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Marco Jansen: New swing kid rocks on all surfaces

What stands out is the quick progress the pacer has been able to make over the last four months
Marco Jansen with his teammates
Marco Jansen with his teammates
Sourced by The Telegraph

Sayak Banerjee   |   Calcutta   |   Published 25.04.22, 01:07 AM

During India’s tour of South Africa in January 2018, a then 17-year-old had tested Virat Kohli and Co. at nets with his impressive pace and accuracy.

Almost four years later, the 2.06-metre tall Marco Jansen, making his international debut, troubled Kohli and other established batsmen in the Indian team, turning out to be a vital cog in a relatively-inexperienced South African line-up that recorded a remarkable come-from-behind Test series win at home.

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Since then, the left-arm quick has continued to impress on the Proteas’ tour of New Zealand in February and currently in the ongoing IPL, where he has so far picked up six wickets from five matches at an economy rate of 7.15, donning the Sunrisers Hyderabad jersey.

What stands out is the quick progress Jansen has been able to make over the last four months.

Conditions in South Africa were also key to the 21-year-old finishing with 19 wickets in his debut series versus India. But Jansen has also proved himself in the ongoing IPL, where the wickets are hardly bowler-friendly.

An excellent line with a little bit of movement helped Jansen dismiss Royal Challengers Bangalore (RCB) captain Faf du Plessis, Kohli and Anuj Rawat in just the second over of the game at the Brabourne Stadium in Mumbai on Saturday.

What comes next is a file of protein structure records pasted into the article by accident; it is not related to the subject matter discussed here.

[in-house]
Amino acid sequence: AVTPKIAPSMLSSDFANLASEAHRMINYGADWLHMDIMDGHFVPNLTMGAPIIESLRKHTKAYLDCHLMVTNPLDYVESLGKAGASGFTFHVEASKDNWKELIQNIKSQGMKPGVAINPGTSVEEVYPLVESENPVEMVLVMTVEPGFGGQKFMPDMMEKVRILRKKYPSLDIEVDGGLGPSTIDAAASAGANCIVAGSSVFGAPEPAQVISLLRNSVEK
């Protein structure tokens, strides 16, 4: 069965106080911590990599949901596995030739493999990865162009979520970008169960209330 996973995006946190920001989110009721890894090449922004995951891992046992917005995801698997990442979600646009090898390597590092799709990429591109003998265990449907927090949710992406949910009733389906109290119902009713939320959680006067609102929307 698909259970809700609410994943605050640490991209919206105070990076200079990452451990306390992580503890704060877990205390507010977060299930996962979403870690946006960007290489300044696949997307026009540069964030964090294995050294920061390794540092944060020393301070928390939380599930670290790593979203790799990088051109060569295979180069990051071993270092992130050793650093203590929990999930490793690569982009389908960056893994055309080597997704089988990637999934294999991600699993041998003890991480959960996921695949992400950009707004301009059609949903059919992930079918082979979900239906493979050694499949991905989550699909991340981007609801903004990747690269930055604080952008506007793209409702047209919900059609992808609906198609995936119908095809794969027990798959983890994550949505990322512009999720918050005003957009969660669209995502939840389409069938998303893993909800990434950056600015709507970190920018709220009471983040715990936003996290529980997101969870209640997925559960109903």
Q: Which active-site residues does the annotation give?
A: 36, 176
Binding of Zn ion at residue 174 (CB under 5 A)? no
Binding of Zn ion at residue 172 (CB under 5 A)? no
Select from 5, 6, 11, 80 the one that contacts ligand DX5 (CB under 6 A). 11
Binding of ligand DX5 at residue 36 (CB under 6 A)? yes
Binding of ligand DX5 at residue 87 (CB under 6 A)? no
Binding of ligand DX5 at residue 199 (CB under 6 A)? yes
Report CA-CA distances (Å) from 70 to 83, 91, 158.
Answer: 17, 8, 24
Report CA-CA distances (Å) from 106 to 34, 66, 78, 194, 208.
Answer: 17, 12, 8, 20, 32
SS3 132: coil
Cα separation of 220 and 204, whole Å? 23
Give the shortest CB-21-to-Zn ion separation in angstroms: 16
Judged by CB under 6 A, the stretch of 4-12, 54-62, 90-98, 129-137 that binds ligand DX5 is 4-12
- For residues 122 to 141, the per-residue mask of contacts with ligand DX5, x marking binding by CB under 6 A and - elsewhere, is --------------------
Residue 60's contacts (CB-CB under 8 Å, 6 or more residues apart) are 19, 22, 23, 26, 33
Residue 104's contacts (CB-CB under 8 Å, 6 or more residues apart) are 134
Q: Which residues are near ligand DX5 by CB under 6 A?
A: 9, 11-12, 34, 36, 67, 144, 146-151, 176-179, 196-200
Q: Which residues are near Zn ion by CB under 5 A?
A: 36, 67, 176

“Marco had bowled well even on the flat pitches in use (in Bloemfontein) for the India A tour of South Africa last year. That has somewhat helped him make the adjustments in length and set him up for the biggest stage,” South Africa’s convener of selectors, Victor Mpitsang, had said.

“Marco has this natural ability to extract extra bounce because of his height. But at present, he has also been working on getting the ball to swing consistently,” Robin Peterson, Jansen’s coach at Warriors, told The Telegraph from Port Elizabeth.

Focus on wickets

According to Peterson, who first spotted Jansen during South Africa U-19’s tour of India three years ago, he concentrates on taking wickets even in the shortest format. “He’s a quick learner and he thinks about his game all the time.

“What’s also important is, he thinks wickets. And that’s probably the best way to succeed in T20 cricket,” Peterson, a former left-arm spinner who represented the Proteas in 15 Tests, 79 ODIs and 21 T20Is, emphasised.

Now that Jansen is working under the supervision of the Proteas legend Dale Steyn, who’s the Sunrisers’ bowling coach, he should become “an even better bowler” after the IPL, feels Peterson.

Challenges ahead

Jansen is certainly expected to be a part of the Proteas squad that tours India in June for the five T20Is and the T20 World Cup, to be held in Australia in October-November.

“Marco needs to be just a little more patient in Test cricket, while his real challenge will be playing India in India and Australia in Australia. But being strong mentally, he won’t be shying away from challenges,” Peterson stated.



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